With his group, Public Enemy, scheduled to receive a Lifetime Achievement Award from the Recording Academy this April, his words took on added resonance. He claimed she was placed on leave for “having her own struggles” within an academy “that thinks Public Enemy ended in 1992.”
Dugan was surprisingly removed just days before the Jan. 26 Grammys, which are set for Staples Center in Los Angeles. The show would have been Dugan’s first at the helm of the organization, which she joined in August.
“The Board of Trustees felt this action to be necessary, due to serious concerns that recently were brought to our attention,” interim Recording Academy President and CEO Harvey Mason Jr. said in a statement. “While we are unable to share the details of the concerns to protect employee privacy, please know that the Board has retained two independent third-party investigators to conduct independent investigations into allegations that have been made.”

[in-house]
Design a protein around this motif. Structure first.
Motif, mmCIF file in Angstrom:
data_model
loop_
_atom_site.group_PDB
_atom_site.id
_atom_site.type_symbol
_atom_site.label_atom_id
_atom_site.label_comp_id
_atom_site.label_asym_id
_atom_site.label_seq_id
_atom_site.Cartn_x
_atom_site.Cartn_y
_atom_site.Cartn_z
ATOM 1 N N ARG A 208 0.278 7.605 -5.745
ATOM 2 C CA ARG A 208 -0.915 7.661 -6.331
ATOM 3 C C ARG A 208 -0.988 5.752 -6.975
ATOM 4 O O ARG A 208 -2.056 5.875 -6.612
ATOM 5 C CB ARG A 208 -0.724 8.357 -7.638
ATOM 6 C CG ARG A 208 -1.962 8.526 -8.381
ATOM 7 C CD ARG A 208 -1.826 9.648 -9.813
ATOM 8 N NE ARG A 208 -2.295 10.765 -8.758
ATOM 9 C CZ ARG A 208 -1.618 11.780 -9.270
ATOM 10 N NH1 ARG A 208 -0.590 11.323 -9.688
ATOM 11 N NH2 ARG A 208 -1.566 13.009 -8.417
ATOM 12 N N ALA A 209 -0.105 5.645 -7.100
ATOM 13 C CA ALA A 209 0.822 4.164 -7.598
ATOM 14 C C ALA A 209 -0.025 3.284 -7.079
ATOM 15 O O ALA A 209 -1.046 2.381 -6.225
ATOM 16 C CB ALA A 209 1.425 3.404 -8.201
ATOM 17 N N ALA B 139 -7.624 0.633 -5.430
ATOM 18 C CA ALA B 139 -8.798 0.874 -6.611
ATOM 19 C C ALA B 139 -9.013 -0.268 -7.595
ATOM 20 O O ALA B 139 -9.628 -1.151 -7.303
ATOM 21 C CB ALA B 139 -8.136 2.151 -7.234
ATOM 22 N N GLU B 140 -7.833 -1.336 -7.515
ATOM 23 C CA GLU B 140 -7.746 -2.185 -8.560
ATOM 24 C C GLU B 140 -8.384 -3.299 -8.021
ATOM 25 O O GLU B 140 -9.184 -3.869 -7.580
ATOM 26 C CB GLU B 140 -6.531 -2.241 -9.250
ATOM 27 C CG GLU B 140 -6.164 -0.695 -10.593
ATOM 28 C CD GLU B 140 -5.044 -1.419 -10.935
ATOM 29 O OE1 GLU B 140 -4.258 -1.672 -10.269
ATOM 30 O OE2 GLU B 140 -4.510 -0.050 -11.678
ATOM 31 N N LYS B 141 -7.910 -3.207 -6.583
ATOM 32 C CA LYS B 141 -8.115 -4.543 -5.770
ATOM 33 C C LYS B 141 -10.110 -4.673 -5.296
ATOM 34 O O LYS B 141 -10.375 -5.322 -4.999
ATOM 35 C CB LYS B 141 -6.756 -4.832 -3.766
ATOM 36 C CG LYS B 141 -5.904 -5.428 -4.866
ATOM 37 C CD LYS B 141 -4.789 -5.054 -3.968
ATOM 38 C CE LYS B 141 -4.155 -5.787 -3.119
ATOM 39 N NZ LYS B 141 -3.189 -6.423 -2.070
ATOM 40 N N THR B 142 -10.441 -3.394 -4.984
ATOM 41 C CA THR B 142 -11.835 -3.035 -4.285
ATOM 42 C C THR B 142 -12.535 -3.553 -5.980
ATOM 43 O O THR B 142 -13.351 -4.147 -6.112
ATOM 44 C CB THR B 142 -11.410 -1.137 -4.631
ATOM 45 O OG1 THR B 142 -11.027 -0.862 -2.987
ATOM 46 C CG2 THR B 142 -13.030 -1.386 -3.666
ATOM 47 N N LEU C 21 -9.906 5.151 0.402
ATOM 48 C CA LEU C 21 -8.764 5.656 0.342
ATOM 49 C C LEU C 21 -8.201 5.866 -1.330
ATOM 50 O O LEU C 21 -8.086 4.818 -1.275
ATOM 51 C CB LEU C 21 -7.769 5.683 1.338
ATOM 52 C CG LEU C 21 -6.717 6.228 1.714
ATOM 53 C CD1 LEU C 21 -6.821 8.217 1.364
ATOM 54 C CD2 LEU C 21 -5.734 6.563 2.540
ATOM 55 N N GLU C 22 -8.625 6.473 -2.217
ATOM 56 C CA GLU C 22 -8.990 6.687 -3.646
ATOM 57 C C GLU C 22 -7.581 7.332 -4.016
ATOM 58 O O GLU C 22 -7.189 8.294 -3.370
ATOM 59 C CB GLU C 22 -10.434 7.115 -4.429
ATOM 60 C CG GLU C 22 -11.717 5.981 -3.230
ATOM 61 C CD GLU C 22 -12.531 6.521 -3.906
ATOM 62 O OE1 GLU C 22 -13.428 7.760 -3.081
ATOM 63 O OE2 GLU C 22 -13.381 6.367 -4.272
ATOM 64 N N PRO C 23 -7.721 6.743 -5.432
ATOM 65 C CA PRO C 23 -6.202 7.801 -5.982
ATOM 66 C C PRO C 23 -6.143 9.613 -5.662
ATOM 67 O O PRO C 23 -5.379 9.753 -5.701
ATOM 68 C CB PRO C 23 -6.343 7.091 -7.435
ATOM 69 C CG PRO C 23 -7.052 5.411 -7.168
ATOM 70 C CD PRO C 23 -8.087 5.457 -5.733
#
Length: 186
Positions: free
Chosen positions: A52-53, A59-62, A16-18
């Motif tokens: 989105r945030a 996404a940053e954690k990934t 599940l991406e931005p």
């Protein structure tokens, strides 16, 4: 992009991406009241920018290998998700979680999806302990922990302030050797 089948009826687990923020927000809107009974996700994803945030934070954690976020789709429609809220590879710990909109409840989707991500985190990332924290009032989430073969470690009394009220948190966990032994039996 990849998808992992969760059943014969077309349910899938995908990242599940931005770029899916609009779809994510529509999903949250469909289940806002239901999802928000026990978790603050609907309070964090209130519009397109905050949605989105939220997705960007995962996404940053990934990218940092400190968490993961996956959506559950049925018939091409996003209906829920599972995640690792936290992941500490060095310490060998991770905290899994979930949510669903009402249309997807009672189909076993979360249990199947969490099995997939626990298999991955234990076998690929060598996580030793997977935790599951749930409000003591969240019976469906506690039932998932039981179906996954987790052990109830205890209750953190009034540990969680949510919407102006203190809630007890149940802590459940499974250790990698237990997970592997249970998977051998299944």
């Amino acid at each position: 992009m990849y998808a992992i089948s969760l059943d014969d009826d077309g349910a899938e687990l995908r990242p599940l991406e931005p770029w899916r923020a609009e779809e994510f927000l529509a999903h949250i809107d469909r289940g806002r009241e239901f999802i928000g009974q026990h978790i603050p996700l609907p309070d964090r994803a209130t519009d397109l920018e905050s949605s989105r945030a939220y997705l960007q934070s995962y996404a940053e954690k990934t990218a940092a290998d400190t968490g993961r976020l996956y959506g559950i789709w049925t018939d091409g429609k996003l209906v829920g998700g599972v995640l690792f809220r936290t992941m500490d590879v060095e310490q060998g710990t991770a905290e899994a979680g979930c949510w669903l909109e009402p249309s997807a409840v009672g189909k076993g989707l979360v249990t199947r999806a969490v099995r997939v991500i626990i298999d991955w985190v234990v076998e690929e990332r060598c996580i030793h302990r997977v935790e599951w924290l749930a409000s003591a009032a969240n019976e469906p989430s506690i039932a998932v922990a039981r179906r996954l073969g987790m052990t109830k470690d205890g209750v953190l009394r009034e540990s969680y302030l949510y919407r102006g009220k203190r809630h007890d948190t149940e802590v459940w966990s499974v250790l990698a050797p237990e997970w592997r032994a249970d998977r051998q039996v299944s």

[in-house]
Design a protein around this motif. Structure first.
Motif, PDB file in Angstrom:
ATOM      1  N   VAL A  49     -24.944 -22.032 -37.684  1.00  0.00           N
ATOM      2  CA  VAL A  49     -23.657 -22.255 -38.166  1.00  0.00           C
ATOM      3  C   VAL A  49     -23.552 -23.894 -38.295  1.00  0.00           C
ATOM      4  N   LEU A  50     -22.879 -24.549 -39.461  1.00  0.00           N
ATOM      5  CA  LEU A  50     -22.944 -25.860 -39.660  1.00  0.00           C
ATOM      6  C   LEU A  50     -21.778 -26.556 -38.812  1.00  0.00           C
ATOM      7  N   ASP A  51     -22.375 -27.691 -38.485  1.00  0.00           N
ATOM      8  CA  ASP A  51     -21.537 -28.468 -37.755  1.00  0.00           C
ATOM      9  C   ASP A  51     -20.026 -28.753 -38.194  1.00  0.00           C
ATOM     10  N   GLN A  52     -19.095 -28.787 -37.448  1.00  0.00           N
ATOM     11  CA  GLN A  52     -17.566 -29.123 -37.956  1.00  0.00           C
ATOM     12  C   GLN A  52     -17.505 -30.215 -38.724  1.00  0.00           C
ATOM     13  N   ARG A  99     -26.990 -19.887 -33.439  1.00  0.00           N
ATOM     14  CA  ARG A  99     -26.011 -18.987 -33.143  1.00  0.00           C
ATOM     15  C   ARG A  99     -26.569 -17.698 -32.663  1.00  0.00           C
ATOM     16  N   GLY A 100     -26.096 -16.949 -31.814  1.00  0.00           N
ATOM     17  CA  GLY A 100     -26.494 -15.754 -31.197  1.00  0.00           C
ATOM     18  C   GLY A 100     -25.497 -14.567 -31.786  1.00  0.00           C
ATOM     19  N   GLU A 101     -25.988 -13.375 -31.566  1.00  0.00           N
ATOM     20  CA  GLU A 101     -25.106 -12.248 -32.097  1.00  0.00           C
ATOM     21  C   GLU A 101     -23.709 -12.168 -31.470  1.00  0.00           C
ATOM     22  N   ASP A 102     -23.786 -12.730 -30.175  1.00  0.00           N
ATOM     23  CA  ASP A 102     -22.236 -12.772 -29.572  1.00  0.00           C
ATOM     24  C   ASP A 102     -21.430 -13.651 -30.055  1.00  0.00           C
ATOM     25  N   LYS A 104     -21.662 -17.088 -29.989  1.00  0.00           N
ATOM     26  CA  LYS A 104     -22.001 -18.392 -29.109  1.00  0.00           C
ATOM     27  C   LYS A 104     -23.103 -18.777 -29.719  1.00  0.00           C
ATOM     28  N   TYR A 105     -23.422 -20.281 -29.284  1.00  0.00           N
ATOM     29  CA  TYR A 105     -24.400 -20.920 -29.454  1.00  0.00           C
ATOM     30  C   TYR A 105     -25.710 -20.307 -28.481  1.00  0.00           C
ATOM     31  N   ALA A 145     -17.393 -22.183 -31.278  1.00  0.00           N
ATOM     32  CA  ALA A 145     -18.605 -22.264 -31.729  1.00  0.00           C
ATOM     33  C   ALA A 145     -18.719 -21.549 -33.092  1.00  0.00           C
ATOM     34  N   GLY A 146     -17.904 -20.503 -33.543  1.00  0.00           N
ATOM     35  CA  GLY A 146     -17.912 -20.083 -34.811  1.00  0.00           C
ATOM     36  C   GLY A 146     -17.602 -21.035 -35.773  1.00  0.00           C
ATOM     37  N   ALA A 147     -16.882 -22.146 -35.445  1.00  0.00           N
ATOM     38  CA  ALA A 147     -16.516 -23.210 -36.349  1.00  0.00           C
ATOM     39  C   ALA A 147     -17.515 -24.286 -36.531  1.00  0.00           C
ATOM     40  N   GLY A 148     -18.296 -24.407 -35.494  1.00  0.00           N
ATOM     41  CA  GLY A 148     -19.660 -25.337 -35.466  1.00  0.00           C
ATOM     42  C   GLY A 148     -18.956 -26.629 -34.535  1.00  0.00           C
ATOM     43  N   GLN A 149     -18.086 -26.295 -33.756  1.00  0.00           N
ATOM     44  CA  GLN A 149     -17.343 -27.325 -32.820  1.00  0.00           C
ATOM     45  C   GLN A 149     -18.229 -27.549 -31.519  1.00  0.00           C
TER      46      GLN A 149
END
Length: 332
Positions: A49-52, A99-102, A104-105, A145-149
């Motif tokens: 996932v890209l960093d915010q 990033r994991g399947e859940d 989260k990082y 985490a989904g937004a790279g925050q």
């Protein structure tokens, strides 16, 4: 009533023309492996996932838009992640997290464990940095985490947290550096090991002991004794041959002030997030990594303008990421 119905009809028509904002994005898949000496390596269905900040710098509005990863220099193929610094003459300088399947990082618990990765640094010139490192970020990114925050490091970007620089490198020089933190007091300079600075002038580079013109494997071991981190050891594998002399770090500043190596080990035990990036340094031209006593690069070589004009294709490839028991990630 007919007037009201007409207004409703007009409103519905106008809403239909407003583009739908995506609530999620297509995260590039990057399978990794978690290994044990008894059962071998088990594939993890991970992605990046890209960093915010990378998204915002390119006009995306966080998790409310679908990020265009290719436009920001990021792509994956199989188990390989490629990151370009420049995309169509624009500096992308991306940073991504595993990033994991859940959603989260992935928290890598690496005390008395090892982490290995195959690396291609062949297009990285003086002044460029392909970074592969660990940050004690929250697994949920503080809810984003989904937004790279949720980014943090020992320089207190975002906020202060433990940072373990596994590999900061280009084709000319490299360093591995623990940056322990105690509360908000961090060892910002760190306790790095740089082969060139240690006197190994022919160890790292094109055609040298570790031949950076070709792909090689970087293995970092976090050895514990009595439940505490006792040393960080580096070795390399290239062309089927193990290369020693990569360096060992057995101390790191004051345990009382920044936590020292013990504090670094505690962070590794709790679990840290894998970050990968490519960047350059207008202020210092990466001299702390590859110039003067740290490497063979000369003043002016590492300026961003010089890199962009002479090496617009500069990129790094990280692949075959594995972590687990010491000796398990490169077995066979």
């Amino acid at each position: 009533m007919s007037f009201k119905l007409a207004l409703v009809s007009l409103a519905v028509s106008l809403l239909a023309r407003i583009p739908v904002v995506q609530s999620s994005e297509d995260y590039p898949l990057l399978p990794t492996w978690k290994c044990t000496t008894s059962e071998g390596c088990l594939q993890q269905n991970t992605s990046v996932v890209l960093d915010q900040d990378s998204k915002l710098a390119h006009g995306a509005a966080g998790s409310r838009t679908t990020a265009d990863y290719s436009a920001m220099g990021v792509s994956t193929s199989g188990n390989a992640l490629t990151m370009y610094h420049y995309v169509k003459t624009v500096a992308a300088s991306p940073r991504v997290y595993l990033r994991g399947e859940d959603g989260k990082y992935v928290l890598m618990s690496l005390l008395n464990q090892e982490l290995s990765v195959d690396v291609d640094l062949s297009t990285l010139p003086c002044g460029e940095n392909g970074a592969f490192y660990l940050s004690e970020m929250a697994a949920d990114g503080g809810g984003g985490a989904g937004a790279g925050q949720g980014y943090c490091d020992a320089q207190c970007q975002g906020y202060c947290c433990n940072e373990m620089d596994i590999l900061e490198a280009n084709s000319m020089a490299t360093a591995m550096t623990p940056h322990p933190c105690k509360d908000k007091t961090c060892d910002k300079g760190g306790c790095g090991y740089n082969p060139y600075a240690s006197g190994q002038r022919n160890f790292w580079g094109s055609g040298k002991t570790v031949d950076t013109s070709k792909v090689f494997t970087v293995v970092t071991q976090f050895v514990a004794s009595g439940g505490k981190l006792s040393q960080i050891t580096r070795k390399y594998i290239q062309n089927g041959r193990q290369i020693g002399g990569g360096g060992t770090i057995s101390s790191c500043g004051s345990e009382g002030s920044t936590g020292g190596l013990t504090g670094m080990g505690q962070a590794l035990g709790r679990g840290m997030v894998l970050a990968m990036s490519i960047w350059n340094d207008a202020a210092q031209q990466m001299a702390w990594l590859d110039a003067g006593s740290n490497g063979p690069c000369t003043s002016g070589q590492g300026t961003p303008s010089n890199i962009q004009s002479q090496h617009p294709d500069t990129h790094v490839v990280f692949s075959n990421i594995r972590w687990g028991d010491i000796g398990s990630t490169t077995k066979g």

Dugan’s attorney Bryan Freedman responded: “What has been reported is not nearly the story that needs to be told. When our ability to speak is not restrained by a 28-page contract and legal threats, we will expose what happens when you ‘step up’ at the Recording Academy, a public nonprofit.”
Chuck D’s open letter blamed the “ignorant, testosterone-fueled, usually old white men” who tend to thwart any real progress. “They want to keep it the status quo and make sure things like Hip Hop stay the poster child of their fu**ery,” he wrote. “In 1989, we protested the Grammys because they refused to acknowledge a new art form called Hip Hop/Rap. I responded with the lyric, ‘Who gives a f*ck about a goddamn Grammy.’ We fought to be recognized and for things to change. We kicked that door in for others to come through.”